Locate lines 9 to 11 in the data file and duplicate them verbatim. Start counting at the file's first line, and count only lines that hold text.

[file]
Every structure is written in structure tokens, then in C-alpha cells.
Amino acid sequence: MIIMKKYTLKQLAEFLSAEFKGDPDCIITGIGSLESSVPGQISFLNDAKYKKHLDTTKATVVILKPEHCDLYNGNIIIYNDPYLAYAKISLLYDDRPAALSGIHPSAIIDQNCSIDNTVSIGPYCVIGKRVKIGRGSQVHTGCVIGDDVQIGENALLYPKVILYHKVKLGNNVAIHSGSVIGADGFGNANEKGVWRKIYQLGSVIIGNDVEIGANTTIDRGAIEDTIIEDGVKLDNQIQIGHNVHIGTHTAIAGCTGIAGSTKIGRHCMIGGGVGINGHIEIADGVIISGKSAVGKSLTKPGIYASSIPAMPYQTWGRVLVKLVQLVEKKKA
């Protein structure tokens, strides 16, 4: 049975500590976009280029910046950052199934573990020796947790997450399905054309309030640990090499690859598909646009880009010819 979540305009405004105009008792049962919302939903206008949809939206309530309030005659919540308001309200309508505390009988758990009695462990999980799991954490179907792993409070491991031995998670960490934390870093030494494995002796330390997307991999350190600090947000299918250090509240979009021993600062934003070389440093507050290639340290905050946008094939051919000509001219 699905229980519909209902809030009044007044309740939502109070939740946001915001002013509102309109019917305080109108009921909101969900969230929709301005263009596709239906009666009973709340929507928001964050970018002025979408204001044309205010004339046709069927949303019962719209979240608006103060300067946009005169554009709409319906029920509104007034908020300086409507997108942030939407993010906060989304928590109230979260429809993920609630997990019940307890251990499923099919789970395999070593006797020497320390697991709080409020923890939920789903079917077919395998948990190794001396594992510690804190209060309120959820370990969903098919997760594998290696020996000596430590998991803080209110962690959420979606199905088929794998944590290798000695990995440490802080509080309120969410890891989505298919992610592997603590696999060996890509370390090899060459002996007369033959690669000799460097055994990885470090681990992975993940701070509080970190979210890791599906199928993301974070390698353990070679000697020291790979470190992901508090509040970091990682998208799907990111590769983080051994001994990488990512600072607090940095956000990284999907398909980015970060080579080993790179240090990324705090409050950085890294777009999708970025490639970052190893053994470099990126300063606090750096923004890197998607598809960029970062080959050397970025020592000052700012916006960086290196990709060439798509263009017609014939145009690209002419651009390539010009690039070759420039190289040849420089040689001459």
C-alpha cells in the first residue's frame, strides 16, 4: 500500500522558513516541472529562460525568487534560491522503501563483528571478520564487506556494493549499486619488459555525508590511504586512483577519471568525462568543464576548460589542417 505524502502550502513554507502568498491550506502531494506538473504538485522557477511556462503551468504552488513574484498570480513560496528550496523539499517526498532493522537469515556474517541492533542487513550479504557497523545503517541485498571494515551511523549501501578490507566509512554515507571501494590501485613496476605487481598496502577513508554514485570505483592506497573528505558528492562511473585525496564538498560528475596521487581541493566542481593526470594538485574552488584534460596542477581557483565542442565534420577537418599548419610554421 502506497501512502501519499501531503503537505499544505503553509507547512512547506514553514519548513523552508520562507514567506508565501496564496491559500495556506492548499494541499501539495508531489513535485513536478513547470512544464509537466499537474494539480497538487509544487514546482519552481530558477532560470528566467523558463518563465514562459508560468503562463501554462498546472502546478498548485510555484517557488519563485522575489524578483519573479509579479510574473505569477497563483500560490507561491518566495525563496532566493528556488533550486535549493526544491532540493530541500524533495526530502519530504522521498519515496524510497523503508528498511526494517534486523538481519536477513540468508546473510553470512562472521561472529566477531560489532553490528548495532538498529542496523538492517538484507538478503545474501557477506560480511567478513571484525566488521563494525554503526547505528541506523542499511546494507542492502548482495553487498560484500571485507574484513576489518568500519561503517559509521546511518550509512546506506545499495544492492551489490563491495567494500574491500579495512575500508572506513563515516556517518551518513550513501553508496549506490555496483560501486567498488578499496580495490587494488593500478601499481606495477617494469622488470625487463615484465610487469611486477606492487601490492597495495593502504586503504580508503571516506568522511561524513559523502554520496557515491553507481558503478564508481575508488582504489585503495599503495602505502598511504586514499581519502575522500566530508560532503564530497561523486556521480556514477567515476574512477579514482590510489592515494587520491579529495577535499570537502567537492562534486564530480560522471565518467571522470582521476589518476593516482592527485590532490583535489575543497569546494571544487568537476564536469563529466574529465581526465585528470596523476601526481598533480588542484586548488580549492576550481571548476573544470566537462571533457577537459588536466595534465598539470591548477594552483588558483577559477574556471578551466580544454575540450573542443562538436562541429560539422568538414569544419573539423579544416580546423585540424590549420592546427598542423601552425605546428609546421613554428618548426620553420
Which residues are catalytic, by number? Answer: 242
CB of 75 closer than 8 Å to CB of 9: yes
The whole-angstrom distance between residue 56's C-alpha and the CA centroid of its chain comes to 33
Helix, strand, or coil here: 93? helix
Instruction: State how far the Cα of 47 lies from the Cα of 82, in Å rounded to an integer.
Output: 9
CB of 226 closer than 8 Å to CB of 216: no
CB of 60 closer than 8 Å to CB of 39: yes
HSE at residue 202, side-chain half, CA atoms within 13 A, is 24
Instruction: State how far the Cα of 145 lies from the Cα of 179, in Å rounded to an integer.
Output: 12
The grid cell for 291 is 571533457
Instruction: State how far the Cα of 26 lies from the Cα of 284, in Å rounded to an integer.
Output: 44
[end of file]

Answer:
Instruction: State how far the Cα of 47 lies from the Cα of 82, in Å rounded to an integer.
Output: 9
CB of 226 closer than 8 Å to CB of 216: no